Samsung is having its very own K-pop moment.
South Koreans below the age of 19 made up 7% of Samsung Electronics shareholders in December of last year.
A record-high 358,257 teens together owned around 1.1 trillion won ($891 million) worth of shares in Samsung in December, according to Korean Securities Depository. The amount owned was equal to 971 billion won ($765 million) at Tuesday’s closing price, the Korean Herald reported.
In total, the stock-savvy teens owned 0.25% of the total shares issued by the tech giant and accounted for 7.07% of all shareholders.
The rise of trading accounts held by younger adults has been a global phenomenon, driven in part by the fiscal and monetary policy measures put in place during the pandemic and the lockdown-induced money-saving, which pushed forward a historic bull run.
But the outsize growth in teen accounts in South Korea may be down to the number of parents who are opening accounts in their children’s names to create a long-term investment tool for the children’s future. “Early stock education,” as it’s called in South Korea, has exploded in recent years, according to the Korea Economic Daily, which found that the number of youth accounts increased in Korea by 800% in 2020.
KB Securities, the fifth-largest brokerage in Korea by asset size, found a 328% increase in the number of accounts made by people below the age of 18 in the first four months of 2022. In the same period, the number of accounts held by people over 19 only increased by 62%.
The more parents invest in stocks, the more likely they are to open an account for their children, Deuk-Hyeon Pyun, deputy head of NH Investment & Securities’ wealth management strategy department, told the Korea Economic Daily.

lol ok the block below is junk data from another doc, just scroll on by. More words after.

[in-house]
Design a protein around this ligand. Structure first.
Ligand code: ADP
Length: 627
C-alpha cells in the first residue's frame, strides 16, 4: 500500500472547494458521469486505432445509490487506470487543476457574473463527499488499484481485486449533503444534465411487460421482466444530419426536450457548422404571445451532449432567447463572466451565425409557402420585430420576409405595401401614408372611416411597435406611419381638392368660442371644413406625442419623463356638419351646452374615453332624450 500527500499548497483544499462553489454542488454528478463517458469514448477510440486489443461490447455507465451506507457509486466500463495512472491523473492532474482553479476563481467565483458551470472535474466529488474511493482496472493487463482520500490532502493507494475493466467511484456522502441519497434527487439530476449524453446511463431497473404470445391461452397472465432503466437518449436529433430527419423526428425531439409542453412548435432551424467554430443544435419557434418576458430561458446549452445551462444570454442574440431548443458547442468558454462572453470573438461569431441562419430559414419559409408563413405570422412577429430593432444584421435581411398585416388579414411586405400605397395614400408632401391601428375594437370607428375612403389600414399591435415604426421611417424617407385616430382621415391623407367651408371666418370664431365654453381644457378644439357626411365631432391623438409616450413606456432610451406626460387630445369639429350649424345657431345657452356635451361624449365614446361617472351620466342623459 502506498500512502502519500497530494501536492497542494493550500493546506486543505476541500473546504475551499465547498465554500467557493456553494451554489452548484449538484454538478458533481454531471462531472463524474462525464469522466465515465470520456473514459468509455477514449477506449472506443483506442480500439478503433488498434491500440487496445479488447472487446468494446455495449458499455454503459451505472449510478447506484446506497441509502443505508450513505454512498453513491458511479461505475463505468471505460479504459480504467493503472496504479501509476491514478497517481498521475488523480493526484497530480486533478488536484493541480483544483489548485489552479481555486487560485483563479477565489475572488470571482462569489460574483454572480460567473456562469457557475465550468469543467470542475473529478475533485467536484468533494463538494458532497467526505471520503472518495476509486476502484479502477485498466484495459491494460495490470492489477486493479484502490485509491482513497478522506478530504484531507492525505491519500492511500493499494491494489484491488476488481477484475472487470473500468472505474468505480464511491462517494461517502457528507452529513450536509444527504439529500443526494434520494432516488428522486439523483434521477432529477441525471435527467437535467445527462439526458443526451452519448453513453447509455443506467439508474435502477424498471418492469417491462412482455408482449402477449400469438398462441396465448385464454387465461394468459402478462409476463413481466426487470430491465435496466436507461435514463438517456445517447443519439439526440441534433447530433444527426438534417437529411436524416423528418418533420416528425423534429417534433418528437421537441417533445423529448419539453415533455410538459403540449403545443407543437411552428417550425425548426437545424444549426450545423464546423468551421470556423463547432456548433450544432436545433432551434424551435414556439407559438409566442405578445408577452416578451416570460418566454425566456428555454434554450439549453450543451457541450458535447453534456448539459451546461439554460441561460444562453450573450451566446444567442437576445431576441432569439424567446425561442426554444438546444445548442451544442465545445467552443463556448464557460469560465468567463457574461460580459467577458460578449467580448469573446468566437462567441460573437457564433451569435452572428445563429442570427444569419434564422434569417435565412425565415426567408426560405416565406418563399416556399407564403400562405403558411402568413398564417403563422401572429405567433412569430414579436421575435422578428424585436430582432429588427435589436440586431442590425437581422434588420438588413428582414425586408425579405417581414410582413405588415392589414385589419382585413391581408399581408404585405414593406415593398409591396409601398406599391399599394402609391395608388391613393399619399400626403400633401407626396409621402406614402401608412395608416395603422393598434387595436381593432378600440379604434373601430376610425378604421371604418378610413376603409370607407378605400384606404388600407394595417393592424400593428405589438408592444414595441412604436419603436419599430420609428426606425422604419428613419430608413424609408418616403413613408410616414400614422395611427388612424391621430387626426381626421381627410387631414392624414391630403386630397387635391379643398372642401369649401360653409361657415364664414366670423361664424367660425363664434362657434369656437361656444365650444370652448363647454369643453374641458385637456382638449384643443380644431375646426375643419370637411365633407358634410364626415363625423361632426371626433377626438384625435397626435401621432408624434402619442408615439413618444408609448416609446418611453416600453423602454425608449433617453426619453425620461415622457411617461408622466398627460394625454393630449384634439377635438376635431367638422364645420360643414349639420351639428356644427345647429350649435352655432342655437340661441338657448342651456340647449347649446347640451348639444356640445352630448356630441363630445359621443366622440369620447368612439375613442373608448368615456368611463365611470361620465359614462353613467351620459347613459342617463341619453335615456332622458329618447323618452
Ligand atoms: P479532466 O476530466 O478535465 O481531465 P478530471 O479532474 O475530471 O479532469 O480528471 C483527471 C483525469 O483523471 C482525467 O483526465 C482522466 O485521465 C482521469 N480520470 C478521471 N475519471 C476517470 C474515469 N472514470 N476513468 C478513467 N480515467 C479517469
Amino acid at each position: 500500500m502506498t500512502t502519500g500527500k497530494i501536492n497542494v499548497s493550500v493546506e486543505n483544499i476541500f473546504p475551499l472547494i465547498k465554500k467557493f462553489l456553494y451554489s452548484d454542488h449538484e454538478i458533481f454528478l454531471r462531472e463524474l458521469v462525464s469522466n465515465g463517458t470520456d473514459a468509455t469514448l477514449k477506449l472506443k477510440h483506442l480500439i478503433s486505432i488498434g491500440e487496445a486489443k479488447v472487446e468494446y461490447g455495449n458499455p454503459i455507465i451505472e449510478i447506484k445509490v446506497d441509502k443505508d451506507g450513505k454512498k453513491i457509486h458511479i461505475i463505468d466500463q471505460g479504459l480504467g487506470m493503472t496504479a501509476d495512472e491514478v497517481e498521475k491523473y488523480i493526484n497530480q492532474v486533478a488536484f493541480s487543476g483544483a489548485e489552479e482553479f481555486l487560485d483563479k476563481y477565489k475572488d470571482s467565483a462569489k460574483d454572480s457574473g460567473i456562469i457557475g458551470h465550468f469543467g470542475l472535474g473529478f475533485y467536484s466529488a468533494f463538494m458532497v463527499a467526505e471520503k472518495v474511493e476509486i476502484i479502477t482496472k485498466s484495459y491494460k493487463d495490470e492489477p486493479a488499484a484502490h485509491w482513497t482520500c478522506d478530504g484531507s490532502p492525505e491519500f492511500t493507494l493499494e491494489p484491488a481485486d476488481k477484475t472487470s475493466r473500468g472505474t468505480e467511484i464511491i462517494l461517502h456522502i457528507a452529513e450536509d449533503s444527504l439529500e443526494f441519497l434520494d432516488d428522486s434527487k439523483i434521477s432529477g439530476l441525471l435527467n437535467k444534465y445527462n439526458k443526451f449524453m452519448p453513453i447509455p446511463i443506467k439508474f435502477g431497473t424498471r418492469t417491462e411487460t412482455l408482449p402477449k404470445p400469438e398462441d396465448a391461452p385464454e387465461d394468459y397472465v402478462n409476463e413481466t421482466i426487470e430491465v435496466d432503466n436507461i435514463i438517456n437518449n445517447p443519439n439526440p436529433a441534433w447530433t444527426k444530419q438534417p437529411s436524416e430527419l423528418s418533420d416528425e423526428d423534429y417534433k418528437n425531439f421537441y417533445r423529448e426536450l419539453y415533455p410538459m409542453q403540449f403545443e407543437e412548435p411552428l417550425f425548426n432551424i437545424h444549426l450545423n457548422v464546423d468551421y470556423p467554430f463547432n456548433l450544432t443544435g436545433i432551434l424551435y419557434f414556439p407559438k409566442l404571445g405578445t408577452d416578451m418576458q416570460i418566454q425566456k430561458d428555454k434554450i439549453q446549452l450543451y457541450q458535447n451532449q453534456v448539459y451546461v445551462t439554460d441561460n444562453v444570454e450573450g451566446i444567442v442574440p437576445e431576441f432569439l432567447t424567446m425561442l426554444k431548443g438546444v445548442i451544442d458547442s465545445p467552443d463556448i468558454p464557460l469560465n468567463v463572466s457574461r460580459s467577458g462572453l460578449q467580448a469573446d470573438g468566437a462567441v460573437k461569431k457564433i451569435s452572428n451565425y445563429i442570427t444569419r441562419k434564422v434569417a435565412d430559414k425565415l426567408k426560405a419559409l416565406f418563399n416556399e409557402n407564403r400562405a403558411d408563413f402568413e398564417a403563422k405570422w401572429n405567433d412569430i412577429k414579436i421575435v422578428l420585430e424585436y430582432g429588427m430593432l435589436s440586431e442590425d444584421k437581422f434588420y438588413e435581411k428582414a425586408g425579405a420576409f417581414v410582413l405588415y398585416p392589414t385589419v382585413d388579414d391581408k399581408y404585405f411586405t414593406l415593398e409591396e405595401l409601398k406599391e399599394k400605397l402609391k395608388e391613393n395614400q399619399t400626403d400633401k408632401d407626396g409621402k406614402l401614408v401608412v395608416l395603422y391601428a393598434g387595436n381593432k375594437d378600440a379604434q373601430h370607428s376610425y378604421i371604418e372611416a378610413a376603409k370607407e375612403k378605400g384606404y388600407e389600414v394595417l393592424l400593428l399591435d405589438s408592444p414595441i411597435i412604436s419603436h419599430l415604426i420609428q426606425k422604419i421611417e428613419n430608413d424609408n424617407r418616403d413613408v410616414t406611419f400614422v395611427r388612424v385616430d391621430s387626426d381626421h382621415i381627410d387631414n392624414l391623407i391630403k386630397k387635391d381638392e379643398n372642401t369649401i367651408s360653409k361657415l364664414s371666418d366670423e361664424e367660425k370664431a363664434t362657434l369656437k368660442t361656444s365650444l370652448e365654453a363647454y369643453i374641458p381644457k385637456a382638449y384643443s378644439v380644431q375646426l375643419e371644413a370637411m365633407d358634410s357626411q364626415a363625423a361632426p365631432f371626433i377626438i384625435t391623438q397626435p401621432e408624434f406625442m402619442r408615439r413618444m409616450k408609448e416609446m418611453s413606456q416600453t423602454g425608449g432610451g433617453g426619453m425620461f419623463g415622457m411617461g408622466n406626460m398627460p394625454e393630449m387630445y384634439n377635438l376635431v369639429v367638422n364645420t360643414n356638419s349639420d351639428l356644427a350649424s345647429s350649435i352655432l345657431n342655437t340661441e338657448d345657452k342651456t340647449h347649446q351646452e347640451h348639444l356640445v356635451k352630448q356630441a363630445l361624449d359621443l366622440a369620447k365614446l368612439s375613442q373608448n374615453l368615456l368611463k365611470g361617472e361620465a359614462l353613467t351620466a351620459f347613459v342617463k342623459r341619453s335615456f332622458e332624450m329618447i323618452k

Early education or risky bets
The growth in retail investing for young adults and their parents indicates the changing reputation of blue-chip stock investment in South Korea. In the past, the method of providing seed money for children usually came in the form of bank deposits and savings accounts, according to the Korea Economic Daily, with the growth in retail investing reflecting its change in perception from risky financial product to long-term investment tool.
That being said, the stock picks made from teen accounts were usually riskier. KB Securities said young customers below the age of 18 were more aggressive in their foreign investments than older customers. Foreign stocks accounted for 12.2% percent on average for young customers, but only 5% for the accounts held by older Koreans.
They also make better returns. An analysis by NH Investment & Securities found that in June 2021, the return on accounts opened for minors under the age of 18 was 11.12%, a marked difference from the average of investors above the age of 20, who yield 7.23% each year.
Top domestic stock picks for young and old investors alike were Samsung Electronics, LG Energy Solutions, and Kakao. Across the board, Samsung was the most favored. Abroad, South Korean Investors found Tesla, Apple, and Microsoft to be the most attractive picks.
“Brokerages would soon be competing to attract teen customers, who are not given as many investment products as their older counterparts—the target audience that has earned them the most profits, until now,” a KB Securities official said.
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